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Politics What happens if the Pennsylvania special election goes to a recount

06:06  14 march  2018
06:06  14 march  2018 Source:

DCCC declares victory in Pa. special election despite race being too close to call

  DCCC declares victory in Pa. special election despite race being too close to call The Democratic Congressional Campaign Committee (DCCC), the House Democrats' campaign arm, declared victory in Tuesday's special election in Pennsylvania, even as experts declared the race too close to call."I want to congratulate Conor Lamb and his team of grassroots supporters on an incredible victory. I'm excited to have Conor as a colleague and look forward to working with him on critical issues facing our country," DCCC chairman Rep. Ben Ray Luj n (D-N.M.) said in a statement..@DCCC just declared victory in #PA18pic.twitter.

a person wearing a costume © Photo by Drew Angerer/Getty Images

The race is getting down to the wire.

The special election in Pennsylvania’s 18th Congressional District between Democrat Conor Lamb and Republican Rick Saccone is tight. Election watchers are starting to speculate it may not be called Tuesday night at all and could even be headed for a recount.

As of 10:30 pm, the race was still too close to call. Democrat Conor Lamb was 49.8 percent and Republican Rick Saccone was at 49.6 percent, with 98 percent of precincts reporting.

Right now, there’s a possibility that a recount could happen, although it likely would not happen for the next few days.

Moulton: Pa. House election shows Dems 'can compete and win everywhere'

  Moulton: Pa. House election shows Dems 'can compete and win everywhere' Rep. Seth Moulton (D-Mass.) said the the results in the Pennsylvania House special election showed that "Democrats can compete and win everywhere."Moulton, who campaigned for Democrat Conor Lamb in the race, said that "on paper, [Conor Lamb] shouldn't have stood a chance in this district.

How does a Pennsylvania recount work?

Under Pennsylvania state law, if one candidate wins an election by less than half of a percentage point, all counties must start a recount.

But, there’s a catch — PA-18 is an election for just one district, not the entire state. That means no mandatory recount is triggered, according to the Pennsylvania Secretary of State’s office.

Petitions to have a recount are allowed, and voters have five days to file them, according to CNN’s David Wright.

If a recount happens, it would not happen for the next few days, according to Pennsylvania election lawyer Adam Bonin.

Back in 2016, The state was requested to start a recount by the Green Party’s Jill Stein after the 2016 presidential election, to make sure none of the state’s electronic voting equipment was tampered with (the request was denied by a judge).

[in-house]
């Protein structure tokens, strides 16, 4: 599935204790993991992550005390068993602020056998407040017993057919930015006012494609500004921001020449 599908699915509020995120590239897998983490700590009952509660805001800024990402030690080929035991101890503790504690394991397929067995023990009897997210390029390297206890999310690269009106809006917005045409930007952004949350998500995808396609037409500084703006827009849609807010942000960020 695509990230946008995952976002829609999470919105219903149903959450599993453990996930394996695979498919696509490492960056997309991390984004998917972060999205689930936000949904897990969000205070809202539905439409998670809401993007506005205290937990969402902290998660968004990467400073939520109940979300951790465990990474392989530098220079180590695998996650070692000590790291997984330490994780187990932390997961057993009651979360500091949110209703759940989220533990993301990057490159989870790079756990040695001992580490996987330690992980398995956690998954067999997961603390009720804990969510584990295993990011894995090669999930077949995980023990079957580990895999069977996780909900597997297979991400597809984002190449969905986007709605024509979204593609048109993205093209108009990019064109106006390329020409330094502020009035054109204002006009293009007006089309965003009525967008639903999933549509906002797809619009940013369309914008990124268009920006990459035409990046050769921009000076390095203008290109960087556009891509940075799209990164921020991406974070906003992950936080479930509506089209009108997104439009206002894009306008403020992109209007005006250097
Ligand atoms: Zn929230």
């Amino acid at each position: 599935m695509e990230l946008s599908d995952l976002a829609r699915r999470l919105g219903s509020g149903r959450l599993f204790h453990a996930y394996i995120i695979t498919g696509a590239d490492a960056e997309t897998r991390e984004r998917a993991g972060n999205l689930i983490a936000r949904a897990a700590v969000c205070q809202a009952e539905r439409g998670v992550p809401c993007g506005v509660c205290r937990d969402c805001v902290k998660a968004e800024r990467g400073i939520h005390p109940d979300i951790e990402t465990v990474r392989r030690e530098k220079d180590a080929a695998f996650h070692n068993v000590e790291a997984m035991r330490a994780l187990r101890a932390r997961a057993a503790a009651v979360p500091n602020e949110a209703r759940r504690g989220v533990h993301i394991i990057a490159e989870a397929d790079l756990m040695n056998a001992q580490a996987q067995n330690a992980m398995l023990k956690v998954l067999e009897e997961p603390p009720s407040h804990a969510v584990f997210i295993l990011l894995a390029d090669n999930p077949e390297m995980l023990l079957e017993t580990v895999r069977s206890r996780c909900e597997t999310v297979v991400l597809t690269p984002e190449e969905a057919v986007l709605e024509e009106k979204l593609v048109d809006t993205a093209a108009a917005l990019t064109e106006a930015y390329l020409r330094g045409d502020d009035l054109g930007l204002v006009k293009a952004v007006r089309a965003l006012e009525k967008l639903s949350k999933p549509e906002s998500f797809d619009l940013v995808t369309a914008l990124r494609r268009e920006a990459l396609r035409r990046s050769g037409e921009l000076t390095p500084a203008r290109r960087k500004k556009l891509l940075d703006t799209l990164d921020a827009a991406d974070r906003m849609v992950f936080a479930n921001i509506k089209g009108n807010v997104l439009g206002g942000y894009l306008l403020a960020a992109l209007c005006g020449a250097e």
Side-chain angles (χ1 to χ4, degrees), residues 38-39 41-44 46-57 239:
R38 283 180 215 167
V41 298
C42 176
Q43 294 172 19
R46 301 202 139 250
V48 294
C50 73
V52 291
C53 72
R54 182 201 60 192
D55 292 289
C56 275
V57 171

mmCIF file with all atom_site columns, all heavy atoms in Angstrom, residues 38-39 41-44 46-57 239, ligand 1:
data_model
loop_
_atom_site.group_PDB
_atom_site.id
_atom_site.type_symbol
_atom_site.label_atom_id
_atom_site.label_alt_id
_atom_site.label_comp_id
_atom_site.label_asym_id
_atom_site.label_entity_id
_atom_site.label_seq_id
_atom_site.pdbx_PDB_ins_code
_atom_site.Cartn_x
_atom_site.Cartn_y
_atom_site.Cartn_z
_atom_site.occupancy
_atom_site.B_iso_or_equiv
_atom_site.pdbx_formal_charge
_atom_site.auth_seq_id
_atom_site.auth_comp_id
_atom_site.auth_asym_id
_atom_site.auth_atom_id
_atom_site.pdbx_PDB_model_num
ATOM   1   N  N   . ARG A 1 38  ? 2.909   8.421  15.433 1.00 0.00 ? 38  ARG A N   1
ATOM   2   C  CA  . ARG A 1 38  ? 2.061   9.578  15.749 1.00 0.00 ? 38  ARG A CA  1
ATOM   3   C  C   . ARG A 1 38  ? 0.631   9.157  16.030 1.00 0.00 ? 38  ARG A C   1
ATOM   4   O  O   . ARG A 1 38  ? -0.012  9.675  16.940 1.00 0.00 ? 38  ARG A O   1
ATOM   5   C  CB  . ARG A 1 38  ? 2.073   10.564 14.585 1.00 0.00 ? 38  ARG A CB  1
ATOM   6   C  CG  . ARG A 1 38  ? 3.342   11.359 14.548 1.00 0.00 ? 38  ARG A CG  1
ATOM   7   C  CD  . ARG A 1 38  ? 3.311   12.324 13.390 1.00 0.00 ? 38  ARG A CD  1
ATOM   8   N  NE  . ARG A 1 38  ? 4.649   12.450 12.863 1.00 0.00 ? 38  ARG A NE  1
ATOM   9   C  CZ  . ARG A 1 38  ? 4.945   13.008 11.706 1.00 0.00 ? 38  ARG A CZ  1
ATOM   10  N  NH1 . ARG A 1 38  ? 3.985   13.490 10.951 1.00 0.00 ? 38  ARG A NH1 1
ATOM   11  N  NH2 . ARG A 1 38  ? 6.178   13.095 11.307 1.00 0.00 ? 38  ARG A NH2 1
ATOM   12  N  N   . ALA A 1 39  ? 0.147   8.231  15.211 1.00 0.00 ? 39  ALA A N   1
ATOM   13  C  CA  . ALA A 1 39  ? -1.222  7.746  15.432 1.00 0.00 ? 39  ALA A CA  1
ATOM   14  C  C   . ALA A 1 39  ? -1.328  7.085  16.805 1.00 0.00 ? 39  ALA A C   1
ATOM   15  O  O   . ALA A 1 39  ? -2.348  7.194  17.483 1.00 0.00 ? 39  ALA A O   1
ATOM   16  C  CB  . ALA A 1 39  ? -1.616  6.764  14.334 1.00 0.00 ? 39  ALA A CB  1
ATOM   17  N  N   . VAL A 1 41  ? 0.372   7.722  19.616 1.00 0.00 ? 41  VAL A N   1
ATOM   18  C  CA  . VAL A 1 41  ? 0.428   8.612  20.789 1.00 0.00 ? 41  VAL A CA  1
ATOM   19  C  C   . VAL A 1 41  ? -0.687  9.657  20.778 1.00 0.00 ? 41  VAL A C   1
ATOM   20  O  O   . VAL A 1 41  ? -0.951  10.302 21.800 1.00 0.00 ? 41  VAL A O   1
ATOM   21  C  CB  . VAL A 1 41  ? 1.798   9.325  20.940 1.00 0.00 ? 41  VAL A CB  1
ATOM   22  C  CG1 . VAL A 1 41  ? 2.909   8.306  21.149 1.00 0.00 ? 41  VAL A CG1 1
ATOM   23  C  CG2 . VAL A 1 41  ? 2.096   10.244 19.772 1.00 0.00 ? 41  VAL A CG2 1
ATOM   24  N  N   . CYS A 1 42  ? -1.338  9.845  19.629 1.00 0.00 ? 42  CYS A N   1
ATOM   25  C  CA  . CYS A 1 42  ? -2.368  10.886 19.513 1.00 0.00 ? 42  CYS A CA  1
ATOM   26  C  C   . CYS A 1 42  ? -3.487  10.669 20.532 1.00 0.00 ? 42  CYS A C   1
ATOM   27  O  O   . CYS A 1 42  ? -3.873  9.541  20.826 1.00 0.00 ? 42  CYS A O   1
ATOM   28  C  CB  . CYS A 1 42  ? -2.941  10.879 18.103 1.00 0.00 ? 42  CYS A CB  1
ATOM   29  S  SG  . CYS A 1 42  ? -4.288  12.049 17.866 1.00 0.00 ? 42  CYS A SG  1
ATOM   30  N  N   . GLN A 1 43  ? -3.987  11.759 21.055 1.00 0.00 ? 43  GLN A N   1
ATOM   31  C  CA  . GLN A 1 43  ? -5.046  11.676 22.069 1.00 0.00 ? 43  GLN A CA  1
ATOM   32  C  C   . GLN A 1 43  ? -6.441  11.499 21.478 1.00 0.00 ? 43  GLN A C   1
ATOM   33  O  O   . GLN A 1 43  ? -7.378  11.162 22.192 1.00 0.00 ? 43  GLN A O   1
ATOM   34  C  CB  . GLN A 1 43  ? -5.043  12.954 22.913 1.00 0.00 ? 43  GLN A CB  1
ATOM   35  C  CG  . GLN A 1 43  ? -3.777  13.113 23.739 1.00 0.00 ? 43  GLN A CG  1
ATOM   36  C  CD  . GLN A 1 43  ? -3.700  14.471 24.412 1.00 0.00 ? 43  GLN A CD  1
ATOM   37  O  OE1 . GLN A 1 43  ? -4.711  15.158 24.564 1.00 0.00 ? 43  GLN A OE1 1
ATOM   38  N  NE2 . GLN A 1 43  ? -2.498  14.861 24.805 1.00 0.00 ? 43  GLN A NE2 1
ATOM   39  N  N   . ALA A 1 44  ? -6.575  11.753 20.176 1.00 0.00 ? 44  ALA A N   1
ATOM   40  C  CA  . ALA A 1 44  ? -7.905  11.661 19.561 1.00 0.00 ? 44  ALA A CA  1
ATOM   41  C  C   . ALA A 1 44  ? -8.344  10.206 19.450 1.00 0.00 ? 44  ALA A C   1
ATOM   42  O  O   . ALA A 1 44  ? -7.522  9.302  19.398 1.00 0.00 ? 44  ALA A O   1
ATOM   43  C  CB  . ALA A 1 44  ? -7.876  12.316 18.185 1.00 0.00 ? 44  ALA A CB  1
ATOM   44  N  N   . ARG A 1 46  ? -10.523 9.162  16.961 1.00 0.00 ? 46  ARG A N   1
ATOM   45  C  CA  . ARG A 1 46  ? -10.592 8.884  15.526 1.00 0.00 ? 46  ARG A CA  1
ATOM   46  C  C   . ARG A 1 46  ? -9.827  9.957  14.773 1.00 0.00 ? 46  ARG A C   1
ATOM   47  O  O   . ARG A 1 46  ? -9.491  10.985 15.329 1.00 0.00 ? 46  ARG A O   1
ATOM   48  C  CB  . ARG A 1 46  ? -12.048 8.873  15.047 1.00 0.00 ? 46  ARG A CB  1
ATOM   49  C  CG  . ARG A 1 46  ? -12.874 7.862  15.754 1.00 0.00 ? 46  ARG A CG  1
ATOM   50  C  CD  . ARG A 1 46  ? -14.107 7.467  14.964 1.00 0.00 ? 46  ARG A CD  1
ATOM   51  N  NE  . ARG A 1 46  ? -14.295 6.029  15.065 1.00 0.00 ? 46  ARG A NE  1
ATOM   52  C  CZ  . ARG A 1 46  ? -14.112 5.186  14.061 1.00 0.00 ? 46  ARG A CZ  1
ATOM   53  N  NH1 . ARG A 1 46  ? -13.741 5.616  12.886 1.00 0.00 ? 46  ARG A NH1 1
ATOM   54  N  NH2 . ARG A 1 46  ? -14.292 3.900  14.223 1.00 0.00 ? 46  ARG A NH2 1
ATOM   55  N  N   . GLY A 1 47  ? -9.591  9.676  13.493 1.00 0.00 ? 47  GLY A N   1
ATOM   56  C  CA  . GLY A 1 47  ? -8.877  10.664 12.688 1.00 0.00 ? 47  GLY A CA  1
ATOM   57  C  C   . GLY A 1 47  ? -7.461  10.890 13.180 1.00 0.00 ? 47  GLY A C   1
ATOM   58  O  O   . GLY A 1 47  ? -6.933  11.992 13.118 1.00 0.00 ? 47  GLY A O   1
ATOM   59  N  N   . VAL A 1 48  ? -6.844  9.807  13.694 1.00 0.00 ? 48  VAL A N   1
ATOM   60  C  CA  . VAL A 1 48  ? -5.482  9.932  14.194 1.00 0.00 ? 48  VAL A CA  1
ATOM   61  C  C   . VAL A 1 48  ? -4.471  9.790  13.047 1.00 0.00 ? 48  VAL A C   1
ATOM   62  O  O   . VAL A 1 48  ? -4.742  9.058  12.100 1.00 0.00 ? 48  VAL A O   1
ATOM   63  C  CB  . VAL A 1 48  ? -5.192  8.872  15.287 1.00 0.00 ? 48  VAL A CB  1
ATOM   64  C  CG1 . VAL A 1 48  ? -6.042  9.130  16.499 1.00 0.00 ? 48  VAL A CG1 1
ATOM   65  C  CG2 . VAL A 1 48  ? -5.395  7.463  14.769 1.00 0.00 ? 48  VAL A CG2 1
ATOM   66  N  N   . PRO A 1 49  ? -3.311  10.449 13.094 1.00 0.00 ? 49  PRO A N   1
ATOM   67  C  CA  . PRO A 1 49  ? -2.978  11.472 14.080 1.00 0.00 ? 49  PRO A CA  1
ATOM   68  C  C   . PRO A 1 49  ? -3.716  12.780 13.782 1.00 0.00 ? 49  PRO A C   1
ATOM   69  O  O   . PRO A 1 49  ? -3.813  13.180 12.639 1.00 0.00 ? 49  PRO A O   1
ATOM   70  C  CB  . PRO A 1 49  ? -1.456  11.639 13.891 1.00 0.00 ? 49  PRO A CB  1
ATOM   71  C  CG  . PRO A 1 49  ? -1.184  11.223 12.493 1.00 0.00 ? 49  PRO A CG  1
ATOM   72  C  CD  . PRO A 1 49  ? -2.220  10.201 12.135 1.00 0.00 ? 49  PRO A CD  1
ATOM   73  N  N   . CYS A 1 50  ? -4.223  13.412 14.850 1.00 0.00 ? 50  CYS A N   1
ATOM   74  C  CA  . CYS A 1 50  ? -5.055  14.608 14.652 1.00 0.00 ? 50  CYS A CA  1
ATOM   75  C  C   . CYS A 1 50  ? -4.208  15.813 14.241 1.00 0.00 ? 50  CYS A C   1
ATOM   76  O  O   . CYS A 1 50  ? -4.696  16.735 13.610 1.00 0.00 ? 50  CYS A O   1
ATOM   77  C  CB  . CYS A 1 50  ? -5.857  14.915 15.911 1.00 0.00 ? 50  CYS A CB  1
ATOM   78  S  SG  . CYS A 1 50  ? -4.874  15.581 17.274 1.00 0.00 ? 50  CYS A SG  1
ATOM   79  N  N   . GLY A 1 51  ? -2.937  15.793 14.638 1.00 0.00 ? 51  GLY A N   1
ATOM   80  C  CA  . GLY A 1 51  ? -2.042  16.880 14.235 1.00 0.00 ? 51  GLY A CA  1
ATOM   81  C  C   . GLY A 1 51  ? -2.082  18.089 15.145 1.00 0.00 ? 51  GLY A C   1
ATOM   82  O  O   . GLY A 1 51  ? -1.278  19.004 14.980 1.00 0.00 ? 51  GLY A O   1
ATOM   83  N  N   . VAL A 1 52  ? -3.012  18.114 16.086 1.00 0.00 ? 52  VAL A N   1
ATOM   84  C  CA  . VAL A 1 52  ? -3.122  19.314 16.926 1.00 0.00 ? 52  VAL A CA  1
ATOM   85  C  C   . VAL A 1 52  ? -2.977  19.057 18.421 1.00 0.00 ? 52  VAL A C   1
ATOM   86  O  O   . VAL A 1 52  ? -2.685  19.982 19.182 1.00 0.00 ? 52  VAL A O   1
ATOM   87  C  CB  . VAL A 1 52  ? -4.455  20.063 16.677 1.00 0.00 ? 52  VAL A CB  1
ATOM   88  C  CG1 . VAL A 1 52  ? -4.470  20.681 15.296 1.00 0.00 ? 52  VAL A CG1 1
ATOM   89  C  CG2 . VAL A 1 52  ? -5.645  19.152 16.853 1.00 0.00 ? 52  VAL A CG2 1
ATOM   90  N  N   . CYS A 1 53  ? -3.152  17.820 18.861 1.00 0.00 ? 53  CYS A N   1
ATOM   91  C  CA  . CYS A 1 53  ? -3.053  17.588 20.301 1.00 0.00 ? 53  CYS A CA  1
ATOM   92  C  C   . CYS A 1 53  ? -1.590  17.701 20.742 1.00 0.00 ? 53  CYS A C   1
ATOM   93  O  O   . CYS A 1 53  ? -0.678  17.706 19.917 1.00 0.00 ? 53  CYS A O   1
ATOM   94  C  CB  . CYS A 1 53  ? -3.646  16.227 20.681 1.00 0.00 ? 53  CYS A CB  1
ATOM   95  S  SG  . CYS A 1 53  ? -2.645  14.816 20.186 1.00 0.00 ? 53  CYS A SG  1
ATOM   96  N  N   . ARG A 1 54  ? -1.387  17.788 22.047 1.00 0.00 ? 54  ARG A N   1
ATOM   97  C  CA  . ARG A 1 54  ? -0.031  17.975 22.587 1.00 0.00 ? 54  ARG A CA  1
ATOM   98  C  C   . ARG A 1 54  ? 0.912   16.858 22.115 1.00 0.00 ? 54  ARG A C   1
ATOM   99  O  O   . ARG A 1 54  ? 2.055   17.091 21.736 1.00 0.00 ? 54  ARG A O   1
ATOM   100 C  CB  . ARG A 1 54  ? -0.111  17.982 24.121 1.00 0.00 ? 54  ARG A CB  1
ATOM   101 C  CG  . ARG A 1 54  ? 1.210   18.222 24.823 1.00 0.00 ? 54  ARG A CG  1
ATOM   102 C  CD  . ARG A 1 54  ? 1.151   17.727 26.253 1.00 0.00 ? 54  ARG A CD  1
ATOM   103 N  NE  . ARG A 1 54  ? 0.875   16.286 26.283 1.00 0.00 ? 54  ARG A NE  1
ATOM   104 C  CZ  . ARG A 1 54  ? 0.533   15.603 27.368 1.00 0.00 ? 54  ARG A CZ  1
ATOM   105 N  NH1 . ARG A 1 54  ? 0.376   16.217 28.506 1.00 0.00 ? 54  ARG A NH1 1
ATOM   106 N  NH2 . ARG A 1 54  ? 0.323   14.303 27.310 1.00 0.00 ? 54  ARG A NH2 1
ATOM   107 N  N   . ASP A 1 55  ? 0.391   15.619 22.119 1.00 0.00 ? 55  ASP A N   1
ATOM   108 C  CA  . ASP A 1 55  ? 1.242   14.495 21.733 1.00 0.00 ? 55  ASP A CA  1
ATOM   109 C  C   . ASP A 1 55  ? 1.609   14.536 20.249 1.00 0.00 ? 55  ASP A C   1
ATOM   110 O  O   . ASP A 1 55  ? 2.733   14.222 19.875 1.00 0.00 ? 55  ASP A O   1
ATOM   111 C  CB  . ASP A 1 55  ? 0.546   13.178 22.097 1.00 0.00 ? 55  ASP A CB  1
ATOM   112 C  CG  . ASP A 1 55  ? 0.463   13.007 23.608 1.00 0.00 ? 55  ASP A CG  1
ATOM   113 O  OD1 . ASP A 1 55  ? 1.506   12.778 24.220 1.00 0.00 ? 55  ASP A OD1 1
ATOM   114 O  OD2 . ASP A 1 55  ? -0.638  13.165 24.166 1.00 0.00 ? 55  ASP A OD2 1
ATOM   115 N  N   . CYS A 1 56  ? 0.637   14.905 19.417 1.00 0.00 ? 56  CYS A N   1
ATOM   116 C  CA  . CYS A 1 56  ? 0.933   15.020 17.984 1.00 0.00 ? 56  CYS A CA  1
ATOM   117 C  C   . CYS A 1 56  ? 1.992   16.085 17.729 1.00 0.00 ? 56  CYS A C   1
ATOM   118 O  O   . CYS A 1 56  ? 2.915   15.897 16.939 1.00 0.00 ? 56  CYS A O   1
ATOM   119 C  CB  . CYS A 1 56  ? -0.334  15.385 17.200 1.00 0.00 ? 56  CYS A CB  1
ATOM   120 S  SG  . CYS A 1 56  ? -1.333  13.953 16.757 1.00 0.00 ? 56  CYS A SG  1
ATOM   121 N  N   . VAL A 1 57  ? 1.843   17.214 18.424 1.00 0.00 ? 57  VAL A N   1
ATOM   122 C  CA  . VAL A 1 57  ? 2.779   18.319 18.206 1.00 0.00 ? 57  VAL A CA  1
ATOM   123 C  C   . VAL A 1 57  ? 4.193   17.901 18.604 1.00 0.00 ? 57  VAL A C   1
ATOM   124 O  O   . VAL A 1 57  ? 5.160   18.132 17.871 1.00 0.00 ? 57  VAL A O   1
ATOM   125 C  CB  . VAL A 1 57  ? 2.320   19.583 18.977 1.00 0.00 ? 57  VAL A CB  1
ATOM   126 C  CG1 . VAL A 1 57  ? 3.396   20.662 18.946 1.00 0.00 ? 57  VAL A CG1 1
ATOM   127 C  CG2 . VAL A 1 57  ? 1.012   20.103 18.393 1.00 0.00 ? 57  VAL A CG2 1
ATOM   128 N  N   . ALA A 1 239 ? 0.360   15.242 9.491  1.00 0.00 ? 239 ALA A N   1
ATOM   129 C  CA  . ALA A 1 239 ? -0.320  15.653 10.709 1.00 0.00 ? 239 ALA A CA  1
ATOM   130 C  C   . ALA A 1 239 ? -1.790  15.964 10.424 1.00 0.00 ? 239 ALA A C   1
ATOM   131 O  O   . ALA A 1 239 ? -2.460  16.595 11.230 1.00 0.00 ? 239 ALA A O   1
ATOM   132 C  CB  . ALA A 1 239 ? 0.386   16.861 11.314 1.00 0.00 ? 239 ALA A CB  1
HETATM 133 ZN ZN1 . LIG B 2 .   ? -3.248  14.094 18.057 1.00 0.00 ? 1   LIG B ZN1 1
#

Pennsylvania’s voting machines are fairly outdated, and last month, Gov. Tom Wolf (D) ordered that the state replace its old voting machines with newer ones that can leave a paper trail, as a safeguard against hacking. It would cost about $60 million to replace all of them, according to the website Engadget.

Democrat claims victory in Pennsylvania election for U.S. House

  Democrat claims victory in Pennsylvania election for U.S. House Conor Lamb, a moderate Democrat, claimed victory in Tuesday's election for a U.S. House of Representatives seat in Pennsylvania that is seen as a referendum on President Donald Trump's performance and a litmus test for midterm elections in November. “It took a little longer than we thought but we did it. You did it," Lamb told cheering supporters as results showed him ahead of Republican rival Rick Saccone by a fraction of a percentage point.

But Wolf’s operating budget didn’t include any money for the new machines, which means a lot of counties are still operating with the old ones.

This is an extremely tight race — which is bad for Republicans

On its face, Tuesday’s special congressional election in the southwest corner of Pennsylvania was supposed to be a breeze for the GOP, which has held this seat since 2003. The Cook Political Report rates the district R+11 (due in part to partisan gerrymandering that the state Supreme Court recently ruled unconstitutional).

But now, it’s looking like Lamb is in a dead heat with Saccone. Last week, the Cook Political Report declared the race a toss-up, moving it away from its previous “lean Republican” rating.

Saccone was supposed to walk away with a win in a district Trump won by 20 points in 2016. The fact that he could lose it by a hair is bad, but even if he pulls out a win by a fraction, pollsters agree it is still a bad sign for GOP chances in 2018.

Saccone concedes Pennsylvania US House race to Lamb .
HARRISBURG, Pa. — Republican Rick Saccone concedes Pennsylvania congressional race to Democrat Conor Lamb.Lamb, 33, claimed the seat by about 750 votes in a Republican-held district that President Donald Trump won by almost 20 percentage points just 16 months ago. Lamb, who struck a moderate tone during the race and was backed by the district's influential labor unions, beat Saccone, a state lawmaker who had compiled one of the most conservative voting records in the state Legislature.

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